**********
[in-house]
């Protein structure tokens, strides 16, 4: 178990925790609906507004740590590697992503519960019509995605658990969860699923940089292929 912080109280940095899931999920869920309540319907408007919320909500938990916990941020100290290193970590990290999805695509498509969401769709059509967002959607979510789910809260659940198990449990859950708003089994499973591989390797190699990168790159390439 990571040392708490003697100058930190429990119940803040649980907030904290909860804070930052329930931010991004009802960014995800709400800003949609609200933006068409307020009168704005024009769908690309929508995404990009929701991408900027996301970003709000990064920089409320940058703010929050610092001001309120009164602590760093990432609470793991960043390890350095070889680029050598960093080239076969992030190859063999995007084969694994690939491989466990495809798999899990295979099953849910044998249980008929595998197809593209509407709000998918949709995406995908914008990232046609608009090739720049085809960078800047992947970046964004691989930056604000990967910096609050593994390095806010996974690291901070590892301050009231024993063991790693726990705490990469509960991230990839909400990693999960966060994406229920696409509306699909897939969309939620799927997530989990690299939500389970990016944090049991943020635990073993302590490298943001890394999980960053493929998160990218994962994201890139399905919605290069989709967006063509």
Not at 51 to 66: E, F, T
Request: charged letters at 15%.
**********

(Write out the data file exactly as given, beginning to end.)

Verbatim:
[in-house]
């Protein structure tokens, strides 16, 4: 178990925790609906507004740590590697992503519960019509995605658990969860699923940089292929 912080109280940095899931999920869920309540319907408007919320909500938990916990941020100290290193970590990290999805695509498509969401769709059509967002959607979510789910809260659940198990449990859950708003089994499973591989390797190699990168790159390439 990571040392708490003697100058930190429990119940803040649980907030904290909860804070930052329930931010991004009802960014995800709400800003949609609200933006068409307020009168704005024009769908690309929508995404990009929701991408900027996301970003709000990064920089409320940058703010929050610092001001309120009164602590760093990432609470793991960043390890350095070889680029050598960093080239076969992030190859063999995007084969694994690939491989466990495809798999899990295979099953849910044998249980008929595998197809593209509407709000998918949709995406995908914008990232046609608009090739720049085809960078800047992947970046964004691989930056604000990967910096609050593994390095806010996974690291901070590892301050009231024993063991790693726990705490990469509960991230990839909400990693999960966060994406229920696409509306699909897939969309939620799927997530989990690299939500389970990016944090049991943020635990073993302590490298943001890394999980960053493929998160990218994962994201890139399905919605290069989709967006063509």
Not at 51 to 66: E, F, T
Request: charged letters at 15%.